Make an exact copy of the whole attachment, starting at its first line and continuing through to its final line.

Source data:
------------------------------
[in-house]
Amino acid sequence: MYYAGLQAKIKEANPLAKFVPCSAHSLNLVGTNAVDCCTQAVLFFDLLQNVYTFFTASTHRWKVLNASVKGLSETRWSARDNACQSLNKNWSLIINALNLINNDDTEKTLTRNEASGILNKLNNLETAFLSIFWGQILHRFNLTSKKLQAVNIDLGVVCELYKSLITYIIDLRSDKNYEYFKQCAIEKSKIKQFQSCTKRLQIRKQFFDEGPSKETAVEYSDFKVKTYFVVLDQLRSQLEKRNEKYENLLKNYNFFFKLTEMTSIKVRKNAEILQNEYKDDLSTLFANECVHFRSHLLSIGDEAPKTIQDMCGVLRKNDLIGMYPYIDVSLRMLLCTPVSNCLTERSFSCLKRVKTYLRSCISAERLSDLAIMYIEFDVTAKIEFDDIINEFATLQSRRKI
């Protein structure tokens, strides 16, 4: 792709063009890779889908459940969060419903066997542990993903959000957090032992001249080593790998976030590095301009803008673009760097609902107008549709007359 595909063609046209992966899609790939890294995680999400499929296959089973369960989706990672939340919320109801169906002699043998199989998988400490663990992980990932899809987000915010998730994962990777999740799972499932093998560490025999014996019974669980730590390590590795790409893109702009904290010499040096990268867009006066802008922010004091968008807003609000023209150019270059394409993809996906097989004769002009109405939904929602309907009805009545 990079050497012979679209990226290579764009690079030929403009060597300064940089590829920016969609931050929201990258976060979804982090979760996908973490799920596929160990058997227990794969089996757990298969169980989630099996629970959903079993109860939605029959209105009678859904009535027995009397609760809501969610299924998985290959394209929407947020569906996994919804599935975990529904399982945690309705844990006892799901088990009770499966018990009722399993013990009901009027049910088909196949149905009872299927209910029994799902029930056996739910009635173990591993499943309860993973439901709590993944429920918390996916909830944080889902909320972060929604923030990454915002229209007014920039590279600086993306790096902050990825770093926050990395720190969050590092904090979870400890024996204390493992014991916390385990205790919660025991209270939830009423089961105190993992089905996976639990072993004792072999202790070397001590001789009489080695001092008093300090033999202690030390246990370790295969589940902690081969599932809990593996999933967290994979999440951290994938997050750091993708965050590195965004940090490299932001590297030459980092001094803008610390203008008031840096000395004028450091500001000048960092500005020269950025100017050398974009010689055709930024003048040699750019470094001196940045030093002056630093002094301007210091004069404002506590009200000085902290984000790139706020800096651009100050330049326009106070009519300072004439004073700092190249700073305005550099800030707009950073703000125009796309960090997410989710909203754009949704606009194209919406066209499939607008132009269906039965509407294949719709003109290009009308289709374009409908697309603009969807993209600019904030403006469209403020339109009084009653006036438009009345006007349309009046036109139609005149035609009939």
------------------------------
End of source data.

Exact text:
[in-house]
Amino acid sequence: MYYAGLQAKIKEANPLAKFVPCSAHSLNLVGTNAVDCCTQAVLFFDLLQNVYTFFTASTHRWKVLNASVKGLSETRWSARDNACQSLNKNWSLIINALNLINNDDTEKTLTRNEASGILNKLNNLETAFLSIFWGQILHRFNLTSKKLQAVNIDLGVVCELYKSLITYIIDLRSDKNYEYFKQCAIEKSKIKQFQSCTKRLQIRKQFFDEGPSKETAVEYSDFKVKTYFVVLDQLRSQLEKRNEKYENLLKNYNFFFKLTEMTSIKVRKNAEILQNEYKDDLSTLFANECVHFRSHLLSIGDEAPKTIQDMCGVLRKNDLIGMYPYIDVSLRMLLCTPVSNCLTERSFSCLKRVKTYLRSCISAERLSDLAIMYIEFDVTAKIEFDDIINEFATLQSRRKI
């Protein structure tokens, strides 16, 4: 792709063009890779889908459940969060419903066997542990993903959000957090032992001249080593790998976030590095301009803008673009760097609902107008549709007359 595909063609046209992966899609790939890294995680999400499929296959089973369960989706990672939340919320109801169906002699043998199989998988400490663990992980990932899809987000915010998730994962990777999740799972499932093998560490025999014996019974669980730590390590590795790409893109702009904290010499040096990268867009006066802008922010004091968008807003609000023209150019270059394409993809996906097989004769002009109405939904929602309907009805009545 990079050497012979679209990226290579764009690079030929403009060597300064940089590829920016969609931050929201990258976060979804982090979760996908973490799920596929160990058997227990794969089996757990298969169980989630099996629970959903079993109860939605029959209105009678859904009535027995009397609760809501969610299924998985290959394209929407947020569906996994919804599935975990529904399982945690309705844990006892799901088990009770499966018990009722399993013990009901009027049910088909196949149905009872299927209910029994799902029930056996739910009635173990591993499943309860993973439901709590993944429920918390996916909830944080889902909320972060929604923030990454915002229209007014920039590279600086993306790096902050990825770093926050990395720190969050590092904090979870400890024996204390493992014991916390385990205790919660025991209270939830009423089961105190993992089905996976639990072993004792072999202790070397001590001789009489080695001092008093300090033999202690030390246990370790295969589940902690081969599932809990593996999933967290994979999440951290994938997050750091993708965050590195965004940090490299932001590297030459980092001094803008610390203008008031840096000395004028450091500001000048960092500005020269950025100017050398974009010689055709930024003048040699750019470094001196940045030093002056630093002094301007210091004069404002506590009200000085902290984000790139706020800096651009100050330049326009106070009519300072004439004073700092190249700073305005550099800030707009950073703000125009796309960090997410989710909203754009949704606009194209919406066209499939607008132009269906039965509407294949719709003109290009009308289709374009409908697309603009969807993209600019904030403006469209403020339109009084009653006036438009009345006007349309009046036109139609005149035609009939």